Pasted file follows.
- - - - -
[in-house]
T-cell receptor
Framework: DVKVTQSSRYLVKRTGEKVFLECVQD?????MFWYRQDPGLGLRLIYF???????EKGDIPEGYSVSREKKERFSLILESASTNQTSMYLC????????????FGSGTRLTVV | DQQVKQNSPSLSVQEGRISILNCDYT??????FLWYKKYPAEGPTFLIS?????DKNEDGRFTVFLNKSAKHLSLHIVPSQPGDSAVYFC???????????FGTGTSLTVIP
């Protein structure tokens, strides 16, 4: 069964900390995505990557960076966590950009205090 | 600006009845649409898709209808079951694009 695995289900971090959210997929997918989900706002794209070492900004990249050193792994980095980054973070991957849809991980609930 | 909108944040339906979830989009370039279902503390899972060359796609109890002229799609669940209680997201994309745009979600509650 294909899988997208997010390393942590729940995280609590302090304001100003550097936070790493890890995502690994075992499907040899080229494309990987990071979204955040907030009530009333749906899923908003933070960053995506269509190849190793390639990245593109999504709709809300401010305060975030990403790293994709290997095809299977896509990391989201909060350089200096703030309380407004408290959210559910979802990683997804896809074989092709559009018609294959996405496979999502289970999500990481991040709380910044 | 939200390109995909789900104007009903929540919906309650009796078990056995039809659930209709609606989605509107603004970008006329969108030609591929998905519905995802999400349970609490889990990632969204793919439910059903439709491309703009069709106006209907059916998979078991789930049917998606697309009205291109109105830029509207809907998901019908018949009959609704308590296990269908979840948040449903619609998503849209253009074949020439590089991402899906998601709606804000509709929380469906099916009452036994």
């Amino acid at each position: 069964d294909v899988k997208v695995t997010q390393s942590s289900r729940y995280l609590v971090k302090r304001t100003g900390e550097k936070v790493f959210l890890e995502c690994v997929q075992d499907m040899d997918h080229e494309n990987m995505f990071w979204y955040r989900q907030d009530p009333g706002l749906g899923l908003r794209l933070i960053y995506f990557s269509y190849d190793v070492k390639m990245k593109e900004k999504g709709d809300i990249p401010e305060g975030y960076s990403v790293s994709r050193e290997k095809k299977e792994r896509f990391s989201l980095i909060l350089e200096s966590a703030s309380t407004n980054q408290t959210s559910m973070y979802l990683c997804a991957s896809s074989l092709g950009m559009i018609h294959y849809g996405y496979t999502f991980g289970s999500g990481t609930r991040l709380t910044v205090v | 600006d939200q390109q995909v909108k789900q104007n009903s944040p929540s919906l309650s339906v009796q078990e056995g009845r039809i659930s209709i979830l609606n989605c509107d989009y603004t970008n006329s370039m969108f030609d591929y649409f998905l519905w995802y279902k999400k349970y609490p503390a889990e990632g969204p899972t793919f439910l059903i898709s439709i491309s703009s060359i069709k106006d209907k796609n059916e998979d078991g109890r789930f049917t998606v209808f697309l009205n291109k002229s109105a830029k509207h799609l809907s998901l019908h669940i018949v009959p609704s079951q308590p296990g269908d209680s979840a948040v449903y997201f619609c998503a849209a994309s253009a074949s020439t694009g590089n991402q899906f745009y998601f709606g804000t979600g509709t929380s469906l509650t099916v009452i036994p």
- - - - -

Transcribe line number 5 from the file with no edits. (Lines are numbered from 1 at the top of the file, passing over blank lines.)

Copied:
């Amino acid at each position: 069964d294909v899988k997208v695995t997010q390393s942590s289900r729940y995280l609590v971090k302090r304001t100003g900390e550097k936070v790493f959210l890890e995502c690994v997929q075992d499907m040899d997918h080229e494309n990987m995505f990071w979204y955040r989900q907030d009530p009333g706002l749906g899923l908003r794209l933070i960053y995506f990557s269509y190849d190793v070492k390639m990245k593109e900004k999504g709709d809300i990249p401010e305060g975030y960076s990403v790293s994709r050193e290997k095809k299977e792994r896509f990391s989201l980095i909060l350089e200096s966590a703030s309380t407004n980054q408290t959210s559910m973070y979802l990683c997804a991957s896809s074989l092709g950009m559009i018609h294959y849809g996405y496979t999502f991980g289970s999500g990481t609930r991040l709380t910044v205090v | 600006d939200q390109q995909v909108k789900q104007n009903s944040p929540s919906l309650s339906v009796q078990e056995g009845r039809i659930s209709i979830l609606n989605c509107d989009y603004t970008n006329s370039m969108f030609d591929y649409f998905l519905w995802y279902k999400k349970y609490p503390a889990e990632g969204p899972t793919f439910l059903i898709s439709i491309s703009s060359i069709k106006d209907k796609n059916e998979d078991g109890r789930f049917t998606v209808f697309l009205n291109k002229s109105a830029k509207h799609l809907s998901l019908h669940i018949v009959p609704s079951q308590p296990g269908d209680s979840a948040v449903y997201f619609c998503a849209a994309s253009a074949s020439t694009g590089n991402q899906f745009y998601f709606g804000t979600g509709t929380s469906l509650t099916v009452i036994p």